The Guggenheim Museum held a Rothko retrospective in late 1978 through early 1979. Sue Ginsburg, who has a great friend since my New York days, was advising Ted Ashley on his collection which was later sold at Christie’s following a very acrimonious divorce. They had visited the exhibition together and taken a great shine to Light Earth and Blue, 1954. Seeing that it was lent by a British collector, she asked me if I knew the owner. It was Rosie d'Avigdor-Goldsmid who I knew extremely well because in the early 1930’s she had been my mother’s chaperone - a most unlikely role for anybody who knew either of them. When I asked her if she might sell it she said “it is probably the best painting I ever bought as each time I lend it to an exhibition it comes back damaged so it pays for itself in insurance claims!” So for $100,000 it was sold.





Holly and Horace Solomon: Pattern and Decoration

Strangely I never came across Holly and Horace when I lived in New York. The first time I met them was during our first Lichtenstein show in 1974 when they bought a Still Life collage from it; soon after we became firm friends. By that time they had closed the 98 Greene St Loft space that had championed Laurie Anderson, Gordon Matta-Clark and Bill Wegman amongst others. Holly had her portrait done by Warhol, Lichtenstein, Christo and Mapplethorpe as well as many others. I remember Holly telling me that when they started buying Pop Art in the early 1960’s there were only a handful of collectors so you had all the time to makeup your mind and then in 1968 along came the Germans who started buying in earnest, so the cosy little tea party was over. They opened the Holly Solomon Gallery in 1975 where they promoted and nurtured the Pattern and Decoration movement. We showed a number of these artists over the years Brad Davis, Bob Kushner, Kim MacConnel, Ned Smyth, Robert Zakanitch and Joe Zucker. At the time they all sold like hot cakes but sadly by about 1983 they went out of fashion. I did a show in 1990 called Pattern and Decoration Revisited and the works looked as fresh and valid as in their heyday. Thankfully, recently, there has been a big renaissance of their work with the various Ludwig Museums doing a major retrospective. Over the years I bought a number of works from the Solomons by Johns, Lichtenstein, Oldenburg and Warhol including the Double Marilyn which had originally been given to David Herbert by Andy in 1962.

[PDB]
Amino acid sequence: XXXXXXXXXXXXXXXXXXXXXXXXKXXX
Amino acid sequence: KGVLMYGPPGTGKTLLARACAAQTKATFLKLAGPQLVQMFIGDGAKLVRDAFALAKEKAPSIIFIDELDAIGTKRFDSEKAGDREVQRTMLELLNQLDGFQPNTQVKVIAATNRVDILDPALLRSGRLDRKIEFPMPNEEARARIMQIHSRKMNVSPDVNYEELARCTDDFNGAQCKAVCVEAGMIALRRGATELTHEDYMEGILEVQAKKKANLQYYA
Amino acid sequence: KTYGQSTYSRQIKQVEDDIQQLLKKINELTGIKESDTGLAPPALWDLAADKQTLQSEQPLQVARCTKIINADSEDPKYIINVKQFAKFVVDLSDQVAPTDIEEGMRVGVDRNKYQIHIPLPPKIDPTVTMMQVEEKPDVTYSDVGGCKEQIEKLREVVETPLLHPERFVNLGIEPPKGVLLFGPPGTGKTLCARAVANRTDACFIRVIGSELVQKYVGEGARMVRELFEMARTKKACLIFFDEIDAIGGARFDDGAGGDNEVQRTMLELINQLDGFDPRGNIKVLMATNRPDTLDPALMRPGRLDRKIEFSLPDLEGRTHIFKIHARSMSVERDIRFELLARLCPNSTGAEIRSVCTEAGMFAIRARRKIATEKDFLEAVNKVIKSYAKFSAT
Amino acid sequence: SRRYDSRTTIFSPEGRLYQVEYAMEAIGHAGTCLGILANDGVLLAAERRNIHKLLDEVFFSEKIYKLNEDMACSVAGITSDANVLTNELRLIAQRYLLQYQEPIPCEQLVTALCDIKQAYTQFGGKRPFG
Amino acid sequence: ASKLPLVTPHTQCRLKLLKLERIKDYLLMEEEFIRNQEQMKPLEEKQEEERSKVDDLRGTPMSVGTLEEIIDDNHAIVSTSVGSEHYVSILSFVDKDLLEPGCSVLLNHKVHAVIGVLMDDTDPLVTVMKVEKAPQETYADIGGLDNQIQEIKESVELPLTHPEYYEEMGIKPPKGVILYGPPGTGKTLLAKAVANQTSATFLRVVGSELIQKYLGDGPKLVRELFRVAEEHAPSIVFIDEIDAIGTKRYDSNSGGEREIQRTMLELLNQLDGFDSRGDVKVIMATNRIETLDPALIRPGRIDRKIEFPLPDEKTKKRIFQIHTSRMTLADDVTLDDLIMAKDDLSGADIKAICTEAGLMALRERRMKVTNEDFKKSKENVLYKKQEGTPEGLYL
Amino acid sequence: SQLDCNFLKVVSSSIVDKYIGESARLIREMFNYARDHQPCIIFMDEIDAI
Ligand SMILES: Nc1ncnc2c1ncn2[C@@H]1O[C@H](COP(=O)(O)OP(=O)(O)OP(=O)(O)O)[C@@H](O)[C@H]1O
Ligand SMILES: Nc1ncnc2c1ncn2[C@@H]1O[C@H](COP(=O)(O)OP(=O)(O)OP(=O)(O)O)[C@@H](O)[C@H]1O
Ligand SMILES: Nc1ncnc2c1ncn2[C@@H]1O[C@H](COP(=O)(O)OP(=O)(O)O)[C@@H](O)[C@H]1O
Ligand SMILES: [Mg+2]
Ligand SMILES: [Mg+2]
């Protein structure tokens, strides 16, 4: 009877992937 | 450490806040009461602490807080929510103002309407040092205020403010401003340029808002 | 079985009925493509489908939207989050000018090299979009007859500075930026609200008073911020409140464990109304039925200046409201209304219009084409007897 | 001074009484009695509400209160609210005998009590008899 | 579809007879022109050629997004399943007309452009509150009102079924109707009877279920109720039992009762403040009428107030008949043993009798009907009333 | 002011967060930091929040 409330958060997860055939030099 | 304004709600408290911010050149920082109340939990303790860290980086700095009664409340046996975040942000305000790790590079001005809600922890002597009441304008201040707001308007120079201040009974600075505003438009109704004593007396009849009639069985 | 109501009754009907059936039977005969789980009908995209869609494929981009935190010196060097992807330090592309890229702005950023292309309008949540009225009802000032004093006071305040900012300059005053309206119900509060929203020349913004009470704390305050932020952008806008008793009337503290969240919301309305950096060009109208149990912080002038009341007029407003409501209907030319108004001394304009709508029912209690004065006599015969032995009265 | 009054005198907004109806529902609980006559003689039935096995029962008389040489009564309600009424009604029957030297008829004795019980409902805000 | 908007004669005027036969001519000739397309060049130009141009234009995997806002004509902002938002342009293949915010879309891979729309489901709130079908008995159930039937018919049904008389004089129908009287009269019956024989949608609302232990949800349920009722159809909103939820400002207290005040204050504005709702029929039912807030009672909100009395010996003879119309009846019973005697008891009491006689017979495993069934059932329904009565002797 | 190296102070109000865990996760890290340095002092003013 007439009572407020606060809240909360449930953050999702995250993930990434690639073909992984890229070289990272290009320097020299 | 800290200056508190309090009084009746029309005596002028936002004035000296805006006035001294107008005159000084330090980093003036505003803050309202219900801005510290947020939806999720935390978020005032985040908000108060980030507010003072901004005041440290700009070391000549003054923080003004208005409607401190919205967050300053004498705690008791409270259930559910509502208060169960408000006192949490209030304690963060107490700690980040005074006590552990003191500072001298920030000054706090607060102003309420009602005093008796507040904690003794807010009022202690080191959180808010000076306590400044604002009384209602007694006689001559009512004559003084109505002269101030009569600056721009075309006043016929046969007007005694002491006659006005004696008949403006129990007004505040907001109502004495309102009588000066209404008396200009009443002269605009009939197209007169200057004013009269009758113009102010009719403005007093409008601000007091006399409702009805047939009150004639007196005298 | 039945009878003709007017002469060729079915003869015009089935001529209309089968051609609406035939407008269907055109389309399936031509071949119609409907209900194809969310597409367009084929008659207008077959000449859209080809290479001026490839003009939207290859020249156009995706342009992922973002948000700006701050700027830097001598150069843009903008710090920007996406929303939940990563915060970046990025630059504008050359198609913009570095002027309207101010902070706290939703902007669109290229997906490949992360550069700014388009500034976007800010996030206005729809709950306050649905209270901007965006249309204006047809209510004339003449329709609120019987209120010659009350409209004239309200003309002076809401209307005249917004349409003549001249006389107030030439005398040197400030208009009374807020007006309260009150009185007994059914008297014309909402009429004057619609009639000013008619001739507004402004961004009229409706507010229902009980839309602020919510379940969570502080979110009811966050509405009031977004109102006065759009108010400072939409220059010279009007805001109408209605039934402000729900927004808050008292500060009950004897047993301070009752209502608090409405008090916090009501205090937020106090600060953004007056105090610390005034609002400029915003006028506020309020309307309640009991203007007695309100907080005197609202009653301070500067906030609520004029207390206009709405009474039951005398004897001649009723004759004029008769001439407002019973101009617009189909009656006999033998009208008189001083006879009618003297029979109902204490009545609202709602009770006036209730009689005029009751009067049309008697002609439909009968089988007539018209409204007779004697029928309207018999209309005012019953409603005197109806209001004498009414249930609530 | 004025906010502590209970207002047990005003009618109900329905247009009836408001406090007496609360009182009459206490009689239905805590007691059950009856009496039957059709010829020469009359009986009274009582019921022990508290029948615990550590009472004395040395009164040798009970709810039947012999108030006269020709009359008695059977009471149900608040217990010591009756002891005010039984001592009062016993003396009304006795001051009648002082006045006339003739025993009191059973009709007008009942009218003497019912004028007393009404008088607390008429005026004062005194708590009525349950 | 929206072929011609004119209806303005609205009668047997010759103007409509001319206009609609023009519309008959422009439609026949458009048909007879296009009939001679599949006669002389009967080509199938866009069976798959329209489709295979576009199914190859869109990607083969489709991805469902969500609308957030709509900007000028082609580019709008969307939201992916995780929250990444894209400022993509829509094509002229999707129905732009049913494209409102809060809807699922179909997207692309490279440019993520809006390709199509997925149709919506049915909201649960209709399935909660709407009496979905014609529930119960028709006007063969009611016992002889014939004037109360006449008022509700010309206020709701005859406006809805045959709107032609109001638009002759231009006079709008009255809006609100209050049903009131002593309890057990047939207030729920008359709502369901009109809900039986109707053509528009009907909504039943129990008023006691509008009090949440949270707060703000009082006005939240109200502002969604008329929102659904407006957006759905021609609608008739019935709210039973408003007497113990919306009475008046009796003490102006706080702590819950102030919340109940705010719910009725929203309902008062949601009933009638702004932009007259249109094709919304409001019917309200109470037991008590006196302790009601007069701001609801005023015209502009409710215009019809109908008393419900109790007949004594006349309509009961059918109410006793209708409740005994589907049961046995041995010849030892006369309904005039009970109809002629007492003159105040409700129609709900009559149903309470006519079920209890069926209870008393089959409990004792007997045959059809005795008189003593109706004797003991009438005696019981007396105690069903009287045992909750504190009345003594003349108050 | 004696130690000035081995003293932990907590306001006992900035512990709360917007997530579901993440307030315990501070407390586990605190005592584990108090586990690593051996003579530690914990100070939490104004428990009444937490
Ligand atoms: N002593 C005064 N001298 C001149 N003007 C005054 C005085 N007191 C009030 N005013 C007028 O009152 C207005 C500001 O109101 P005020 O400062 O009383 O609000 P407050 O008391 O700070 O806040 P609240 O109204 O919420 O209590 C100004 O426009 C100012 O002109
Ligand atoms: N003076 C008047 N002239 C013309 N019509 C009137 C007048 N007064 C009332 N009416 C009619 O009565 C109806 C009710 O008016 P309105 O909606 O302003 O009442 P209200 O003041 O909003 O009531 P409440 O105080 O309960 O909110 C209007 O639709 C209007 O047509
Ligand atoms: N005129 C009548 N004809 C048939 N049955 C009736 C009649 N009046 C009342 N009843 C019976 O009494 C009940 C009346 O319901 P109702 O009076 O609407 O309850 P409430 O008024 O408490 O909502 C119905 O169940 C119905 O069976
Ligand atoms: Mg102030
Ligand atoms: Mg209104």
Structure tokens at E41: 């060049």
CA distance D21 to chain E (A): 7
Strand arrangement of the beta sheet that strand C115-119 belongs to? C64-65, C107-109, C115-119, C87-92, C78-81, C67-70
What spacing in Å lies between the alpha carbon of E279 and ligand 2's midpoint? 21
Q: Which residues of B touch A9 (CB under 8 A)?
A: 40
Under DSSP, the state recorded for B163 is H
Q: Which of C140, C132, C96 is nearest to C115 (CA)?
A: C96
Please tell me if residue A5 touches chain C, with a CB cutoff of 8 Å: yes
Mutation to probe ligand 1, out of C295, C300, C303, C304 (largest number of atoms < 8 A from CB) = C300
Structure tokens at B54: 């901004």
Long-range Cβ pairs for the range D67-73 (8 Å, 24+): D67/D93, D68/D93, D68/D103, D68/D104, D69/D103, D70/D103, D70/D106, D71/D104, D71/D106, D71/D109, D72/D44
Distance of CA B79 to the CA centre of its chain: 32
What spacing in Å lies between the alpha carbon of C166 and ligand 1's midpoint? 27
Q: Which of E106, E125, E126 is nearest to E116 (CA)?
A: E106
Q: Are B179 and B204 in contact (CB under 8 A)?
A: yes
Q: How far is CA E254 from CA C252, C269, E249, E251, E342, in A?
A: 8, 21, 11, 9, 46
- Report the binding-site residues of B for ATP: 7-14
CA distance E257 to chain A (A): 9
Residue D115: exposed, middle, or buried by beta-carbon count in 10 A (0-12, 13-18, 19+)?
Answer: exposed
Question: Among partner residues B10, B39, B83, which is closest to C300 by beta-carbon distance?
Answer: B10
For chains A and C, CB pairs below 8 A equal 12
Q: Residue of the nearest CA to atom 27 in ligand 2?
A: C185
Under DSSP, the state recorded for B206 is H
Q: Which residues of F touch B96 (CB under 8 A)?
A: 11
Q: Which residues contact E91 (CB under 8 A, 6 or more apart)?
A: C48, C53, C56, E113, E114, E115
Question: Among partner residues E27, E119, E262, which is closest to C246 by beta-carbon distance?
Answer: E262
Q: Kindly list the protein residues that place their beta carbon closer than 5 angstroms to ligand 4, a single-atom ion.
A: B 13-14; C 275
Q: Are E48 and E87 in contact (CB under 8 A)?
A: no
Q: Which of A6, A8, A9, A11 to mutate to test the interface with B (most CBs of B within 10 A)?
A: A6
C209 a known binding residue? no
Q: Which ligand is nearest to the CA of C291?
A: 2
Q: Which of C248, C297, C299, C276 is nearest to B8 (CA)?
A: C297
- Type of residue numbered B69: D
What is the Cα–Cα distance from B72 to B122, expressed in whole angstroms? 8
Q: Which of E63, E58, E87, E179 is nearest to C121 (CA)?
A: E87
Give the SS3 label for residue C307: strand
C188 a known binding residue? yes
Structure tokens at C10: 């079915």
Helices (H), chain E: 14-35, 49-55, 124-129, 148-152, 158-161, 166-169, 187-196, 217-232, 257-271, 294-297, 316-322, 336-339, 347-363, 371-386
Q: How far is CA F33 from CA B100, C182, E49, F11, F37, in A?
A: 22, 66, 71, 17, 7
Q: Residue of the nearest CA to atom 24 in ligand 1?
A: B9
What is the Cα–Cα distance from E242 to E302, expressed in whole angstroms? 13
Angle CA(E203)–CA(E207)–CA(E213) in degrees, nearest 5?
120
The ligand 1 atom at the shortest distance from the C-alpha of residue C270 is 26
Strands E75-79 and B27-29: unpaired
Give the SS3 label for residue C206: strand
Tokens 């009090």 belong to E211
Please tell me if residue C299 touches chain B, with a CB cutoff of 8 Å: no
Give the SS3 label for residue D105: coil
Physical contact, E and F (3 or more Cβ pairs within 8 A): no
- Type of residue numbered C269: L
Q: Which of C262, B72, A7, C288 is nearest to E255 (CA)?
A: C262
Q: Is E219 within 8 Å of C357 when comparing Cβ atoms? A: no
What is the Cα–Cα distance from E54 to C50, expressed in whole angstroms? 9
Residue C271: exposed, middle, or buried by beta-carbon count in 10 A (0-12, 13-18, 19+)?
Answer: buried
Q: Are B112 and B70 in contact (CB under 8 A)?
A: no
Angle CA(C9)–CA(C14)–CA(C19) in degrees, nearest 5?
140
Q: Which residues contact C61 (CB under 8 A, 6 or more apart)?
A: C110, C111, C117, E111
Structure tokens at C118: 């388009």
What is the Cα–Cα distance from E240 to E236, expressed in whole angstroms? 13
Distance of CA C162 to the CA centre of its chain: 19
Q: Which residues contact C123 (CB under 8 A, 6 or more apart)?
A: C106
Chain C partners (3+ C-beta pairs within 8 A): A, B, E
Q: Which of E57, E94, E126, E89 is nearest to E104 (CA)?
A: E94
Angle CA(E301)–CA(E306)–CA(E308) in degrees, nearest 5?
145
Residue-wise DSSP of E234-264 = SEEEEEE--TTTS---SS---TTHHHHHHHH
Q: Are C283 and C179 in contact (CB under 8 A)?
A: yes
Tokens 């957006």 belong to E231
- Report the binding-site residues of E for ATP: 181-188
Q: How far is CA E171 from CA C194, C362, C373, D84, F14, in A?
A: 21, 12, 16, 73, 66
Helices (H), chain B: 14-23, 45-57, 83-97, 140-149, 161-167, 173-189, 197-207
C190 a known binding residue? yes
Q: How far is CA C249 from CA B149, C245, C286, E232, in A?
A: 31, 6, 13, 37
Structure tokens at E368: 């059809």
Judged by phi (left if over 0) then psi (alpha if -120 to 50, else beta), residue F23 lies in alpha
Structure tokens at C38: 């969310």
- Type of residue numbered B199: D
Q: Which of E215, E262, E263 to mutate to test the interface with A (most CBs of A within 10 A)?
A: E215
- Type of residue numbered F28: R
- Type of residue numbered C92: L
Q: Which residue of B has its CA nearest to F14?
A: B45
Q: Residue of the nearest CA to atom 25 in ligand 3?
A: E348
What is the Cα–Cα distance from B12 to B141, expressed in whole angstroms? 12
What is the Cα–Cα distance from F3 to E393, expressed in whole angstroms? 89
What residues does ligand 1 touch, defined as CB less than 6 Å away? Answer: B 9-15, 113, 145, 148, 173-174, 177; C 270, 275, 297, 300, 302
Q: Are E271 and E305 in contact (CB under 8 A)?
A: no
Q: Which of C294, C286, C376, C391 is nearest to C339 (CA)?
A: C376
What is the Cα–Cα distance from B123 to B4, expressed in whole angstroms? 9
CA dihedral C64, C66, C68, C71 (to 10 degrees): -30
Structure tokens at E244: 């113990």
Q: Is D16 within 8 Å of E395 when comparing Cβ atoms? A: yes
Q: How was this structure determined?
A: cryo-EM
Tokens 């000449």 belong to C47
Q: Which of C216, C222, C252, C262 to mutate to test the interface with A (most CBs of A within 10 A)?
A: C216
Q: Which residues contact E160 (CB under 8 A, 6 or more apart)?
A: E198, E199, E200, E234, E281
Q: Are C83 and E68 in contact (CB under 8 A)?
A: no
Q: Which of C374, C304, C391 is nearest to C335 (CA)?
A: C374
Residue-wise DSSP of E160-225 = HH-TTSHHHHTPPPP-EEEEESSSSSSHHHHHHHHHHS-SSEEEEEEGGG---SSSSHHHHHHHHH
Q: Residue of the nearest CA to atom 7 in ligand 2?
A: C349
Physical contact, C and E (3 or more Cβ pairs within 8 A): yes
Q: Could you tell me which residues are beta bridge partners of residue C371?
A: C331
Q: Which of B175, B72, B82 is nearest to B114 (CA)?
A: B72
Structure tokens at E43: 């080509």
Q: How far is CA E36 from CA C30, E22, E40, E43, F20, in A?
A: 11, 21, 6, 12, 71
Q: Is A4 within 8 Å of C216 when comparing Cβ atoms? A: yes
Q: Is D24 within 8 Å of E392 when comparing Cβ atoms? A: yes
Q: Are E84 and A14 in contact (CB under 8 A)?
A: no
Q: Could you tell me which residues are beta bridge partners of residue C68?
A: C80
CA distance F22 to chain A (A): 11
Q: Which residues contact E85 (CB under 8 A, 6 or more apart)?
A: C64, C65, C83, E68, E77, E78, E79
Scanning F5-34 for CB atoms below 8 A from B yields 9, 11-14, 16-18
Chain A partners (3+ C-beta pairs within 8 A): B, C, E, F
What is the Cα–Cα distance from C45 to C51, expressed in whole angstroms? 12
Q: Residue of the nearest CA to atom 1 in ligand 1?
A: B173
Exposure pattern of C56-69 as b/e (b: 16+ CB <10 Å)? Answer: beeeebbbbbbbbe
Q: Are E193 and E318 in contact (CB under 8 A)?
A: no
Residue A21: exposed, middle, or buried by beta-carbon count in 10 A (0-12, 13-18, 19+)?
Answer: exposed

Andy Warhol, Two Marilyns, 1962, acrylic, silkscreen ink and pencil on linen, 20 1/8 x 27 inches (51 x 68.5 cm), The Broad, Los Angeles

May 14, 2020